PMCID: PMC3975605  PMID: 24707505
Breast Cancer; Exercise; African-American; Community-Based; Biomarkers
4.  Fasting hyperglycemia blunts the reversal of impaired glucose tolerance after exercise training in obese older adults 
Diabetes, obesity & metabolism  2012;14(9):835-841.
Lifestyle modification, consisting of exercise and weight loss, delays the progression from prediabetes to type 2 diabetes (T2D). However, no study has determined the efficacy of exercise training on glucose metabolism in the different prediabetes subtypes.
Seventy-six older (65.1 ± 0.6yr) obese adults with impaired fasting glucose (IFG; n=12), impaired glucose tolerance (IGT; n=9), and combined glucose intolerance (IFG+IGT = CGI; n=22) were compared to normal glucose tolerant (NGT; n=15) and T2D (n=18) groups after 12 weeks of exercise training (60 min/d for 5d/wk at ~85% HRmax). An oral glucose tolerance test was used to assess glucose levels. Insulin sensitivity (euglycemic hyperinsulinemic clamp at 40 mU/m2·min−1), β-cell function (glucose stimulated insulin secretion corrected for insulin sensitivity), body composition (hydrostatic weighing/CT scan), and cardiovascular fitness (treadmill VO2max) were also assessed.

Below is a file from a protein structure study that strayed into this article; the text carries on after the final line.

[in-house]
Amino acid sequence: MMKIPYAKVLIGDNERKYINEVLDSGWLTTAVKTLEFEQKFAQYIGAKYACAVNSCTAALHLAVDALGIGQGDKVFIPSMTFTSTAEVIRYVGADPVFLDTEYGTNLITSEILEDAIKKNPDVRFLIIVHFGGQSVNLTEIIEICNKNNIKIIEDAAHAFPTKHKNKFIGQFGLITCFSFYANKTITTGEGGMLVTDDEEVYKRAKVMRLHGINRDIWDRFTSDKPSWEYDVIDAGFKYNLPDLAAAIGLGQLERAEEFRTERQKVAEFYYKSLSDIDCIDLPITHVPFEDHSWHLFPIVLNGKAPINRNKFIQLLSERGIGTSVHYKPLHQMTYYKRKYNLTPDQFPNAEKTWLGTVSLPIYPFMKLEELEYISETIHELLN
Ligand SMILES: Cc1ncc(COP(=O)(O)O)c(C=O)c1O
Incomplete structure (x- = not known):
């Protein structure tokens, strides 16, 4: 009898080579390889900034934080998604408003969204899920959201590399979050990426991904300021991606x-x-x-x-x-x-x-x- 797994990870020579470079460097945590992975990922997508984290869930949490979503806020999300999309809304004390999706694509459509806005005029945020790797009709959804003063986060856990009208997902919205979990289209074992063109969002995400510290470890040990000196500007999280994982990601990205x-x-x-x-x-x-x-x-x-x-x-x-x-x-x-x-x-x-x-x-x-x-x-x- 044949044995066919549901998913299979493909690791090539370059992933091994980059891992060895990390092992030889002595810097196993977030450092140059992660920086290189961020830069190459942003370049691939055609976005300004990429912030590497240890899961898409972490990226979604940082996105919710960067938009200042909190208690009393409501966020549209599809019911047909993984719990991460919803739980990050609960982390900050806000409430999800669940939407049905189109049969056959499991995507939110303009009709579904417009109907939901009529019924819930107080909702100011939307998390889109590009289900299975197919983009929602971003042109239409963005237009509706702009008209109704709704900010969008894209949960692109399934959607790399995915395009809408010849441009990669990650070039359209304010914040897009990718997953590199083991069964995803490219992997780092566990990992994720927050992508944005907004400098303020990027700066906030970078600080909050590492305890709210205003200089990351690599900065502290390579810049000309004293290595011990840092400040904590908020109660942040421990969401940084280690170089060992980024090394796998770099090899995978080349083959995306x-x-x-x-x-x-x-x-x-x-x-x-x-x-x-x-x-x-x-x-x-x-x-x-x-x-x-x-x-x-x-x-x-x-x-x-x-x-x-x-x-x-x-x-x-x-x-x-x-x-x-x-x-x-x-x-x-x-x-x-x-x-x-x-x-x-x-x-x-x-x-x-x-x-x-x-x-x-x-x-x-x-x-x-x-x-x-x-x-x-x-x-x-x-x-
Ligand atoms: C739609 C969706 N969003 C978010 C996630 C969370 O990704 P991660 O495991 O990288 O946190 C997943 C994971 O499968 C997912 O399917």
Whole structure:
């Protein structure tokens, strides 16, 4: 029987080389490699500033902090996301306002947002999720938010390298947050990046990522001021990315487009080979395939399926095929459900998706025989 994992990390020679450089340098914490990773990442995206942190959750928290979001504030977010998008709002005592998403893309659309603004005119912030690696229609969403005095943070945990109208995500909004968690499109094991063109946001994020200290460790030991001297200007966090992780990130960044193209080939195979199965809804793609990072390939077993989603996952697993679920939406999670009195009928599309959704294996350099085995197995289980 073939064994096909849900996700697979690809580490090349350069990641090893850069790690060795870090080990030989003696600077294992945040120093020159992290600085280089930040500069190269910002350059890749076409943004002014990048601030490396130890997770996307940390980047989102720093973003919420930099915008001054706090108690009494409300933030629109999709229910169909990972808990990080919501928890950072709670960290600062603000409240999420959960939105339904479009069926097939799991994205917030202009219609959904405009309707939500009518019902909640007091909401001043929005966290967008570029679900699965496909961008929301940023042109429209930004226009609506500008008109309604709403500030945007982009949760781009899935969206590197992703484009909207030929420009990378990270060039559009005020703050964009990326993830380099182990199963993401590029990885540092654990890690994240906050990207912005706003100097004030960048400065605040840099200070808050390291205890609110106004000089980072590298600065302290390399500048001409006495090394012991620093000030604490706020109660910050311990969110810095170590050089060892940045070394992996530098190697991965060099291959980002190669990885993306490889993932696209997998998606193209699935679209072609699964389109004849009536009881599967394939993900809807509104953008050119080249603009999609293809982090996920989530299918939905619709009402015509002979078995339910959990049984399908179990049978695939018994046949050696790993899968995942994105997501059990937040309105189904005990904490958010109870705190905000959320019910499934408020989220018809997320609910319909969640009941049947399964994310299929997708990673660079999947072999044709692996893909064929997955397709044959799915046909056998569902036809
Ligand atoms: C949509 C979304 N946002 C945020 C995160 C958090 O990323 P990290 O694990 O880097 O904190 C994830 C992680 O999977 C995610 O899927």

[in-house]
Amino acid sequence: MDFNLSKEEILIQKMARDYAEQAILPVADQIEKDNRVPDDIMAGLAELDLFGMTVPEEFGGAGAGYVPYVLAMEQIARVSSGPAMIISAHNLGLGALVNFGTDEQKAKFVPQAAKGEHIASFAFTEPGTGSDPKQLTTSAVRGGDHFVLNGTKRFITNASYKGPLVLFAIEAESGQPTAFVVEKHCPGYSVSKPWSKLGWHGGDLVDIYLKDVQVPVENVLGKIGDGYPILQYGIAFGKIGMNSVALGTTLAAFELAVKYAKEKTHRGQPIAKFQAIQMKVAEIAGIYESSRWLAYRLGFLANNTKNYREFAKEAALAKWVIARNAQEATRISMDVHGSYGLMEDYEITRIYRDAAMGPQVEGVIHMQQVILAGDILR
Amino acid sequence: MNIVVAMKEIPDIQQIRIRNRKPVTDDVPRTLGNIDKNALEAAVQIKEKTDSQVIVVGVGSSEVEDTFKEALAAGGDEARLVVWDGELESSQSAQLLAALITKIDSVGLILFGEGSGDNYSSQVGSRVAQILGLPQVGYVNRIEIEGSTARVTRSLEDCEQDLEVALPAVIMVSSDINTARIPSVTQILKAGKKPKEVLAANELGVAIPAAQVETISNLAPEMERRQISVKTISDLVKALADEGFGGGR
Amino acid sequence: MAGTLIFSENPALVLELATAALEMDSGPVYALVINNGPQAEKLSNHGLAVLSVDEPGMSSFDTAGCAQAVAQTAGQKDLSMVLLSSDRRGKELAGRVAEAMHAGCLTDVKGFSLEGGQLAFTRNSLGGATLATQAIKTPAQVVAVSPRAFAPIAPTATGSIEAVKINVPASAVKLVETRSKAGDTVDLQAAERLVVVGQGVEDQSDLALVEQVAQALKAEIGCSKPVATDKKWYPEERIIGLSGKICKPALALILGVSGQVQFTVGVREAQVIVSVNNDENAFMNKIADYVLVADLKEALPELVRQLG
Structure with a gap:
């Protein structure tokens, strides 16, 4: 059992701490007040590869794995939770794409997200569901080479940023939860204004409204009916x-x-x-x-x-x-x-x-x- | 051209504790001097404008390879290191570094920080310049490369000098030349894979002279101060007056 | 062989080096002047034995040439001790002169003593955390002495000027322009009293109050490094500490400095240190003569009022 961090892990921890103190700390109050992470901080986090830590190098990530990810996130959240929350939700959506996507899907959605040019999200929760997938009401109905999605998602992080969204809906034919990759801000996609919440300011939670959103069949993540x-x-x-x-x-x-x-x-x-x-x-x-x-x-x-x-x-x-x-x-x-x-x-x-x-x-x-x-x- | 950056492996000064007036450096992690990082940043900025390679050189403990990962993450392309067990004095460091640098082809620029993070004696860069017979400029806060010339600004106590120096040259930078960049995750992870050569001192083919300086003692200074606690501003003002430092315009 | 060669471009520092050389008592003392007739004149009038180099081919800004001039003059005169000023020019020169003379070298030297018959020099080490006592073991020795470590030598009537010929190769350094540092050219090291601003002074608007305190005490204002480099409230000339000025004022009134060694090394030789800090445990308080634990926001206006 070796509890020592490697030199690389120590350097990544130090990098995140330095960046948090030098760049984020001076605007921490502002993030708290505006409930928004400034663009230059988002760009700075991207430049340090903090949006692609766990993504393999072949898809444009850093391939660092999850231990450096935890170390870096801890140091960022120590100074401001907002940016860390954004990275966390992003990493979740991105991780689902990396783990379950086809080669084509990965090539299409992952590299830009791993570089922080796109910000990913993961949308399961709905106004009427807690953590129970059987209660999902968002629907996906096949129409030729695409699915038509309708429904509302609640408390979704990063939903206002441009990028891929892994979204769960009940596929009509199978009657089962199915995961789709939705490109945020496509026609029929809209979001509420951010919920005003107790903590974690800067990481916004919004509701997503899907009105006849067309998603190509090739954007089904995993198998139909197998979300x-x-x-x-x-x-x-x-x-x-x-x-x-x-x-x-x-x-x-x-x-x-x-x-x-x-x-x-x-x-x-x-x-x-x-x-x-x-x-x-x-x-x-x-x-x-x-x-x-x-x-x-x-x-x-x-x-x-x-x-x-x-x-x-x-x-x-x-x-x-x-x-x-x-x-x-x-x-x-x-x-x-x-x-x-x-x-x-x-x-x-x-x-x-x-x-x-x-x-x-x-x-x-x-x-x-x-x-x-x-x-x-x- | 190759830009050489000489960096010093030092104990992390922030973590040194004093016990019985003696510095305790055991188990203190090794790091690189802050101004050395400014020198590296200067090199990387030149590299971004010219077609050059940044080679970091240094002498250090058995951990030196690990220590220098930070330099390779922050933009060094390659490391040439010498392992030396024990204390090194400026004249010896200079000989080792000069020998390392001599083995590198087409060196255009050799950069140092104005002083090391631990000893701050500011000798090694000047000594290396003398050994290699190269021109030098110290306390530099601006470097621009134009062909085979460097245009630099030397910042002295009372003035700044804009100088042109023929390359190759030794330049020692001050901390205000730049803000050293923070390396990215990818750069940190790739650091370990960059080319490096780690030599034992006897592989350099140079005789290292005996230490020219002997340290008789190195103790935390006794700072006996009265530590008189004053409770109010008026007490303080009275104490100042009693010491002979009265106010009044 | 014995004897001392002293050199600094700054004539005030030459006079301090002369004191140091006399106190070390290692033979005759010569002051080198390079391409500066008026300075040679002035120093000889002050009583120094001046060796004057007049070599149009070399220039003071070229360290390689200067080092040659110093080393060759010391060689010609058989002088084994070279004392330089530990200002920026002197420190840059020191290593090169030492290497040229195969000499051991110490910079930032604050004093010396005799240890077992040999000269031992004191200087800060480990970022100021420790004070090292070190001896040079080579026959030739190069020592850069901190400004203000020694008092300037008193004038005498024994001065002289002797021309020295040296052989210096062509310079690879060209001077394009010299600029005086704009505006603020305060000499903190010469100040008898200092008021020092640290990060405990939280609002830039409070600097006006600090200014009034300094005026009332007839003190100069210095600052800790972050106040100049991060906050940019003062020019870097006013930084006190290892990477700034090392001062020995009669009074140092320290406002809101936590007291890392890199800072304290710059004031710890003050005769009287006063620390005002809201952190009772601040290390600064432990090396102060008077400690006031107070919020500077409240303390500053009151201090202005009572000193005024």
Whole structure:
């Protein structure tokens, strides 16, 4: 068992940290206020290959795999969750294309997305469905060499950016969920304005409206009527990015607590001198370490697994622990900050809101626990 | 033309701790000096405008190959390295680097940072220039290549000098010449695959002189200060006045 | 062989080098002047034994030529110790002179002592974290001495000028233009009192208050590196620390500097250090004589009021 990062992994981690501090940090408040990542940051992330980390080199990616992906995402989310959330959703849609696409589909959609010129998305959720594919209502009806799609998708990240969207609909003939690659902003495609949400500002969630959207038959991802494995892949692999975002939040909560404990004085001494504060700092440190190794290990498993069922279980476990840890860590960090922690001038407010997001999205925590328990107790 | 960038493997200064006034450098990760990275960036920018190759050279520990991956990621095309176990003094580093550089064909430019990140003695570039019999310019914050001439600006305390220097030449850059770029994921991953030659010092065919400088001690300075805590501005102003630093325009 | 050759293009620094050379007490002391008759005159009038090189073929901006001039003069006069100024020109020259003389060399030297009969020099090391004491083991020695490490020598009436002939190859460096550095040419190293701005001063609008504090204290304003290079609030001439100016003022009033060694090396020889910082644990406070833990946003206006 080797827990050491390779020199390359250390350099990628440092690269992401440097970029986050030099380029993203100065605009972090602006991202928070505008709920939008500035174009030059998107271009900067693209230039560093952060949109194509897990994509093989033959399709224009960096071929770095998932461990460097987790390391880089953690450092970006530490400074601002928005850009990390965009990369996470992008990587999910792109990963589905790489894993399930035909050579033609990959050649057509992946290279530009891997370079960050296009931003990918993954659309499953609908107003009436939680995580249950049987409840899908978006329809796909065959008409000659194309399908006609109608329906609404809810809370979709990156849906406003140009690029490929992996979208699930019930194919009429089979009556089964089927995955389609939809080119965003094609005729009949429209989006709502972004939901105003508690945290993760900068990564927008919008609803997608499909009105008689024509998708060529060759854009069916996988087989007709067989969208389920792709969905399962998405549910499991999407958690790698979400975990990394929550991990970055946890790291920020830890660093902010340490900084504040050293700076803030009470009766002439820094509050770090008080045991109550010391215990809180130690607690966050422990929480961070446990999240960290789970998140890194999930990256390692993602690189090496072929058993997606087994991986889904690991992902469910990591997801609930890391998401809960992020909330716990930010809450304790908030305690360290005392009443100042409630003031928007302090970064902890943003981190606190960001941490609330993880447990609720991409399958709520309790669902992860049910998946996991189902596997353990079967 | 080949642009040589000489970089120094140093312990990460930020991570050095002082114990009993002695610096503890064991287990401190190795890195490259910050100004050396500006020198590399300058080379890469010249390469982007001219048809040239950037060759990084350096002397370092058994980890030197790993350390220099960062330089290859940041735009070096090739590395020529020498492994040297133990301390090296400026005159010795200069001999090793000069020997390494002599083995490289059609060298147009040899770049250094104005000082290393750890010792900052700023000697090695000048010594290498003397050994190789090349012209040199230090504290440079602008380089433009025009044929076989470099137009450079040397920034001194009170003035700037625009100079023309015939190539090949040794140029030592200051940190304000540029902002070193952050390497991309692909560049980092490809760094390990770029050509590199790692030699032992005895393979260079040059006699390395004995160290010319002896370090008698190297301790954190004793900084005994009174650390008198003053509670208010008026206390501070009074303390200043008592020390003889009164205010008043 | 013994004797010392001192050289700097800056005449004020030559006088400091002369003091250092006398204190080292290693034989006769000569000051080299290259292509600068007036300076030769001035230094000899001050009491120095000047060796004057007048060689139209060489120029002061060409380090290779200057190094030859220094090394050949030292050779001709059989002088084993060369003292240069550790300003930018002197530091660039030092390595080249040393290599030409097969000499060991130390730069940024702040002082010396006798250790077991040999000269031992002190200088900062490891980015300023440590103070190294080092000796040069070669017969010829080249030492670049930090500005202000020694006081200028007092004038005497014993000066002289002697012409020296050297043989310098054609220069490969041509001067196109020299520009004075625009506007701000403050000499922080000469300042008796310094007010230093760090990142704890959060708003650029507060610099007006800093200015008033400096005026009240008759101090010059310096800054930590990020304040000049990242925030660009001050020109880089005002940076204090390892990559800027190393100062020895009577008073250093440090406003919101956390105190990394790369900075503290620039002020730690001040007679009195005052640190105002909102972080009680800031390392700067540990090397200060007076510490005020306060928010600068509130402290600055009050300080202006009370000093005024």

Exercise training reduced weight and increased cardiovascular fitness (p < 0.05). Exercise training lowered fasting glucose levels in IFG, CGI and T2D (p < 0.05) and 2-hour glucose levels in IGT, CGI and T2D (p < 0.05). However, 2-hour glucose levels were not normalized in adults with CGI compared to IGT (p < 0.05). β-cell function improved similarly across groups (p < 0.05). Although not statistically significant, insulin sensitivity increased approximately 40% in IFG and IGT, but only 17% in CGI.
The magnitude of improvement in glucose metabolism after 12-weeks of exercise training is not uniform across the prediabetes subtypes. Given the high risk of progressing to T2D, adults with CGI may require more aggressive therapies to prevent diabetes.
PMCID: PMC3407343  PMID: 22510250
obesity; prediabetes; insulin resistance; beta-cell dysfunction; exercise
5.  Reduced cardiovascular risk after bariatric surgery is linked to plasma ceramides, apolipoprotein-B100 and the ApoB100/A1 ratio 
Obesity-associated hyperlipidemia and hyperlipoproteinemia are risk factors for cardiovascular disease (CVD). Recently, ceramide-derived sphingolipids were identified as a novel independent CVD risk factor. We hypothesized that the beneficial effect of RYGB on CVD risk is related to ceramide-mediated improvement in lipoprotein profile.
A prospective study of patients undergoing RYGB was conducted. Patients clinical data and biochemical markers related to cardiovascular risk were documented. Plasma ceramide subspecies (C14:0, C16:0, C18:0, C18:1, C20:0, C24:0, and C24:1), ApoB100 and ApoA-1 were quantified preoperatively, 3 and 6 months post-RYGB, as was Framingham risk score. Brachial artery reactivity testing (BART) was performed before and 6 months after RYGB.